Carlton businesses struggling to stay open

Katie Johnson

With 28 per cent of street-facing shops in Carlton temporarily closed or completely vacant by the end of 2020, the suburb is struggling to bounce back from last year’s lockdowns.

To help with the fallout from COVID, the City of Melbourne has unanimously carried a motion to fill vacant shops with the work of artists and entrepreneurs to entice businesses and customers to return.

Cr Roshena Campbell said that as office workers and visitors begin to return to the CBD, they need to be greeted with a “vibrant city”.

“There’s no doubt that Melbourne has been disproportionally affected by the impacts of COVID and with 1000 vacant shopfronts, there is so much more that needs to be done,” Cr Campbell said.

“With the end of JobKeeper and the state government’s commercial rent relief scheme this month, we know there is a real risk that more business will shut.”

At the end of January, 13 per cent of street-facing shops in the City of Melbourne were vacant and another 13 per cent were closed due to COVID.

In Carlton, this amounted to 28 per cent of shops either temporarily or permanently shutting.

Cr Campbell said the council was doing everything possible to ensure city-goers were greeted with streets and laneways converted into open-air art galleries rather than rows of empty shops.

Some of the early projects have included Melbourne Fashion Week where designer work was showcased in shopfronts and Melbourne Music week where empty shops were filled with artwork inspired by musical instruments.

Twenty-three shops across the city have also been adorned with work by local artists, with plans to have 45 shops be a part of the open-air gallery by April.

Cr Campbell also said the council’s strategy would involve $100,000 of direct support for precinct associations to develop “tailored solutions to activate our shopping strips”.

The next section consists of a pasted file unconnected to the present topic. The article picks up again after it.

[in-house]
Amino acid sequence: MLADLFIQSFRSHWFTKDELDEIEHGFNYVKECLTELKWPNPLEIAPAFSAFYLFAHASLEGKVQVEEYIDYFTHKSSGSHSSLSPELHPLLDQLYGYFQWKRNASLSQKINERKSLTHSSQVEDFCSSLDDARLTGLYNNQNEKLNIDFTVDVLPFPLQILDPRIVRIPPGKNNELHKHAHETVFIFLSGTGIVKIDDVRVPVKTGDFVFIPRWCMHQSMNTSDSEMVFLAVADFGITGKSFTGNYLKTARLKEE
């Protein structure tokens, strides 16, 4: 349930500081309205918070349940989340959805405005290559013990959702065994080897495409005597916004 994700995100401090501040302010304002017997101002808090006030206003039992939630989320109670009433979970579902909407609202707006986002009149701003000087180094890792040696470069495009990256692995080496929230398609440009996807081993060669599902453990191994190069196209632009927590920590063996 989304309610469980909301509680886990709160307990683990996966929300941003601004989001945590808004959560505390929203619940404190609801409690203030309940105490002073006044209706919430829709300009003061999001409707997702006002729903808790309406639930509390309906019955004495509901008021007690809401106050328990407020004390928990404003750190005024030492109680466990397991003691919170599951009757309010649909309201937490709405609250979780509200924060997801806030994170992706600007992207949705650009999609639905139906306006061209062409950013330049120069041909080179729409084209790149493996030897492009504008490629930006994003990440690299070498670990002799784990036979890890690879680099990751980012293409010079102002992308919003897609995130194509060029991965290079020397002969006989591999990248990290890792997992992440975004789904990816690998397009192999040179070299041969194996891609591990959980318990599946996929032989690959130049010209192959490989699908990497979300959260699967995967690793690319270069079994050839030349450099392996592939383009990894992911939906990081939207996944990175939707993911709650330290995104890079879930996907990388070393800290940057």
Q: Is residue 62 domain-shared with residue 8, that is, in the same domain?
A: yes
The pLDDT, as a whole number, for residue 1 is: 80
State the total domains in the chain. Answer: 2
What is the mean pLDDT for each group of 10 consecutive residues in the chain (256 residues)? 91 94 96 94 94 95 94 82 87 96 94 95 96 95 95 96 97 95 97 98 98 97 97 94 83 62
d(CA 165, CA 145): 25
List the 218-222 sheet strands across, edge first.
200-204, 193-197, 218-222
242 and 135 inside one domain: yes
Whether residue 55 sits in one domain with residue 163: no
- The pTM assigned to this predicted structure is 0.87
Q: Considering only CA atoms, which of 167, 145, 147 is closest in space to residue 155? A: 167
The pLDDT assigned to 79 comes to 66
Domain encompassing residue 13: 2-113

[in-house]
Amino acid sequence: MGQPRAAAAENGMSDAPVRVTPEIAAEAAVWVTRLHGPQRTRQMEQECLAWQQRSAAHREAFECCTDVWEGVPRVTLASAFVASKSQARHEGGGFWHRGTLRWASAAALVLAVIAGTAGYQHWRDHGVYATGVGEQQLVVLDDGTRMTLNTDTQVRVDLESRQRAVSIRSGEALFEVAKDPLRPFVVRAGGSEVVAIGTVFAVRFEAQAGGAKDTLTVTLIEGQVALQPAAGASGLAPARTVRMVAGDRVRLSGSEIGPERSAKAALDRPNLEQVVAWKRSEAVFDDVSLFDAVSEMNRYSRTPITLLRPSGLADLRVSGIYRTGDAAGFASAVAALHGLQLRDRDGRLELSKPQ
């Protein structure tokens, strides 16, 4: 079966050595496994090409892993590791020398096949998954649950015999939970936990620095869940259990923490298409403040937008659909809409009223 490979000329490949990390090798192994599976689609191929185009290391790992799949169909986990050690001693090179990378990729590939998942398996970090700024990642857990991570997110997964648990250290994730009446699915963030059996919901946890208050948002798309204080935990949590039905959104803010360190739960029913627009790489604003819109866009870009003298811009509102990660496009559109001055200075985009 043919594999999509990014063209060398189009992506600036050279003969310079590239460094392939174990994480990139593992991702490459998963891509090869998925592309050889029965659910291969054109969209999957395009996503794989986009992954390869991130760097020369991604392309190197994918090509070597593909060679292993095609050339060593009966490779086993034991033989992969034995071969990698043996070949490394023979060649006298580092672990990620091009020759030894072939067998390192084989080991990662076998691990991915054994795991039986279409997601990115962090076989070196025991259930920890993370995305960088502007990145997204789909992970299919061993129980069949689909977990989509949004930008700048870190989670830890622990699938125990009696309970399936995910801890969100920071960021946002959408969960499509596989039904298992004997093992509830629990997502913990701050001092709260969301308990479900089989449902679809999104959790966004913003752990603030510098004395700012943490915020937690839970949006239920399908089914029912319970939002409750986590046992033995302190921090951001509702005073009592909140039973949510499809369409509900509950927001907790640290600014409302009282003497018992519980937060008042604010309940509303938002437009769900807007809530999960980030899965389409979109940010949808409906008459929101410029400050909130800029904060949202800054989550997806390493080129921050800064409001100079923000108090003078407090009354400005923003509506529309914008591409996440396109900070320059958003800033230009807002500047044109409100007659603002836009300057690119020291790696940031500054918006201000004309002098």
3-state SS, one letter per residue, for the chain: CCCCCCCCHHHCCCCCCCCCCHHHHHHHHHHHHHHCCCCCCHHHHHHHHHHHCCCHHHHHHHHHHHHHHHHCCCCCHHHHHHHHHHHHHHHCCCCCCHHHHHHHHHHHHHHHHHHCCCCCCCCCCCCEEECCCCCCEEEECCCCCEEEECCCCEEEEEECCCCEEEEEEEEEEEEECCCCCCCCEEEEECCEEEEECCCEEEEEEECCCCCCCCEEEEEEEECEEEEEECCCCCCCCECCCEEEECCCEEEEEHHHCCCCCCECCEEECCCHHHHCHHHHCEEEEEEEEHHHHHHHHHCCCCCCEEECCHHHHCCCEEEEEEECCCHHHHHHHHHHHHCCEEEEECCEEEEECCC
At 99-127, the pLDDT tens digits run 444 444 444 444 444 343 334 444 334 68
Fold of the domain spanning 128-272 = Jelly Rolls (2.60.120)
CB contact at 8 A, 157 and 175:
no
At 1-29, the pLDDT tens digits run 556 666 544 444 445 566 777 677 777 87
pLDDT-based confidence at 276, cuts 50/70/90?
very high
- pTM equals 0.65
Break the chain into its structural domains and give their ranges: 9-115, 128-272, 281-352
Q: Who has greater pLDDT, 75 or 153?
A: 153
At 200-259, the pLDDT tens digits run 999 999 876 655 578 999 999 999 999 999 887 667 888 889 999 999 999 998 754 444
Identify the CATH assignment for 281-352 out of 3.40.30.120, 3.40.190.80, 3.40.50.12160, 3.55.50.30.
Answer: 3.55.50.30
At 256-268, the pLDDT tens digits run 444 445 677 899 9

“From Chinatown, to Docklands, to Lygon St, we know we need to reactivate each precinct and we know one size doesn’t fit all,” Cr Campbell said.

Carlton Residents Association (CRA) president Antoinette Sagaria said although the art instillations were a start, it was a short-sighted plan.

“The council should be looking at more long-term solutions like reducing the cost of starting a business in the area,” Ms Sagaria said.

“Expensive overhead costs like permits, licenses, rates and land tax don’t help the economy and it shouldn’t be up to landlords take care of the issue by reducing rent.”

Ms Sagaria also said that a more practical solution would be to funnel traffic along the main shopping strips like Lygon St.

“There is currently no right turn onto Lygon St from Cemetery Rd, so I think the turn from Swanston St should be blocked off and funnelled back onto Lygon St instead of residential roads,” Ms Sagaria said.

“We need greater traffic flow along there to expose people to those shops, and entice them to start up their own shops there.”

However, Lord Mayor Sally Capp said the Melbourne City Recovery fund would help to fund the short-term programs that will encourage other retailers to come in and use the spaces in the long-term.

“Empty shops really slow that beating retail heart we’re renowned for in our city and slows economic activity for those businesses around them,” the Lord Mayor said.

“Repurposing these spaces to engage artists also means we can make every job count at this critical time.”

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